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George Parkman Society Murder



In 1849, George Parkman and John Webster were prominent doctors in Boston. Dr. Webster was in debt to Parkman, and when Parkman threatened to take legal action to collect this debt, he killed Parkman. Webster dismembered the body, and then tried to incinerate it completely. The murder occurred early in the Brahmin Era, and was extremely shocking for its day. Parkman's house still stands on Beacon Hill on Walnut Street. A column in the November 27, 1912 Boston Globe by Harry V. Lawrence summarizes the crime:

"Dr. Webster killed George Parkman on Nov. 23, 1849, in the Massachusetts Medical College Building on North Grove [Street] at Boston. On Jan. 25, 1850, the Suffolk County Grand Jury returned an indictment against Dr. Webster, and he was put on trial March 19, 1850, before the Supreme Court in the city of Boston. Dr. Parkman was last seen alive at 1:45 p.m., [as] he was entering the Massachusetts Medical College.

George Parkman House, Walnut Street
George Parkman House

On Nov. 30, 1849, in a vault connected with the chemical laboratory, a portion of a human body, and with it certain towels belonging to Dr. Webster were found, and in the grate of the furnace, pressed into the cinders, certain bones, parts of mineral teeth, and pieces of gold were located. A little later other parts were found in a tea chest. Dr. Keep, a dentist, identified the teeth as made by him for Dr. Parkman.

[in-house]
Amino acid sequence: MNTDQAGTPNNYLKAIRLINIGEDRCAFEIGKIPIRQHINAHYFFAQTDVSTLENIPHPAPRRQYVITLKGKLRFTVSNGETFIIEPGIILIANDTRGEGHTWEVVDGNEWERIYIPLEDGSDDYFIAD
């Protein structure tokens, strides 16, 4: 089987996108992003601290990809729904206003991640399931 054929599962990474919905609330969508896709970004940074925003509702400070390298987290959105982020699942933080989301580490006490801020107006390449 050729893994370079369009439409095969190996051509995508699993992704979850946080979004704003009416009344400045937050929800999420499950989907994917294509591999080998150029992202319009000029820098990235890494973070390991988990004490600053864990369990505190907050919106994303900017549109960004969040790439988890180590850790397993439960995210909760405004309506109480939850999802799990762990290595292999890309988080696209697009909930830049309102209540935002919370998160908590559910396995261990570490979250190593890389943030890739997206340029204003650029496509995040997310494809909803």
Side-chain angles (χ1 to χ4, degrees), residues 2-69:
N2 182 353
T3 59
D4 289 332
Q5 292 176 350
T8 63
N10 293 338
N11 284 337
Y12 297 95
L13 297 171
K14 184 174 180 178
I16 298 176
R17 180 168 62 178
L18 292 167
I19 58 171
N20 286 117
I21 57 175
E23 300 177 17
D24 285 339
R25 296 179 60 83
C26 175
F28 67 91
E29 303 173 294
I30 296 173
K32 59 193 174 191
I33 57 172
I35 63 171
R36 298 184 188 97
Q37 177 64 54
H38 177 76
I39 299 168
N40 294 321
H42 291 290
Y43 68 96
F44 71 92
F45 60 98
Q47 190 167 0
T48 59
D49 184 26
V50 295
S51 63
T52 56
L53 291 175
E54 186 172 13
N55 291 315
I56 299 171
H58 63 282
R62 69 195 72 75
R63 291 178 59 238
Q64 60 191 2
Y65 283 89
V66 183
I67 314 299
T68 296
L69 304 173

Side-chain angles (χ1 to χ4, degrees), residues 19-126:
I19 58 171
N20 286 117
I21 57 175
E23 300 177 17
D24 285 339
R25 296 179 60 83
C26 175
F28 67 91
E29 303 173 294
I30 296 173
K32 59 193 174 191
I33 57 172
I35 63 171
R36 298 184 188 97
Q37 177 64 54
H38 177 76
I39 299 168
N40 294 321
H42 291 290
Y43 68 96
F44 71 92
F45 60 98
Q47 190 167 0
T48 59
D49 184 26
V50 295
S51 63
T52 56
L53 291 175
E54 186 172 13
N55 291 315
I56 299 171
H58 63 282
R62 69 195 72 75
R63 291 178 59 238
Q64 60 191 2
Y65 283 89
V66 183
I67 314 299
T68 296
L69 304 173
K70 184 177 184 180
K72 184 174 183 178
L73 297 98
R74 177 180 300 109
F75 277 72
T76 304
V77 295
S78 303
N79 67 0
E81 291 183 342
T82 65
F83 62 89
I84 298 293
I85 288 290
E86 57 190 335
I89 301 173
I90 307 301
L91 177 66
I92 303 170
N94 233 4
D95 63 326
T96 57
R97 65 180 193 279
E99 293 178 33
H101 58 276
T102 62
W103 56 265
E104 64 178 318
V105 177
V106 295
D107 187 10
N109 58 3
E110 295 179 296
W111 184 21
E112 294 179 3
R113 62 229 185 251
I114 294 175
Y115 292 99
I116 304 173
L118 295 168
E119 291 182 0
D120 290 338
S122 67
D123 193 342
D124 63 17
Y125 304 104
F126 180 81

About this time Dr. Webster was in such a financial condition that all his property was under mortgage to Dr. Parkman, and on Nov. 12 Dr. Parkman had threatened him with a trustee process. ... On April 1, 1850, Dr Webster was sentenced to death by Chief Justice Shaw and be hanged at 9:40 a.m. on August 30, 1850 [which was carried out]. ... Dr. Webster was a very prominent man, and was master of arts and doctor of medicine at Harvard University; member of the Massachusetts Medical Society, and was connected with the American Academy of Arts and Sciences.... Dr. George Parkman was also a very prominent man, and was a master of arts of Harvard University, doctor of medicine of the University of Aberdeen, and a member of the Massachusetts Medical Society."

Less known about the murder was the intrigue after the sensational Webster Trial. An article in the November 23, 1884 Boston Globe discussed the possibility that Webster was placed in a harness, and was never hanged. A story is re-told about a sailor seeing Dr. Webster in Fayal (or Faial), Azores, long after his death sentence. Other witnesses describe how Webster's body was moved from the gallows site, and was going to be brought to a neighbor's house. There was a concern his body would be stolen and security precautions were taken. The article also asserted Webster's body was placed in Copp's Hill Burying Ground in his father's tomb (and not Mount Auburn Cemetery).



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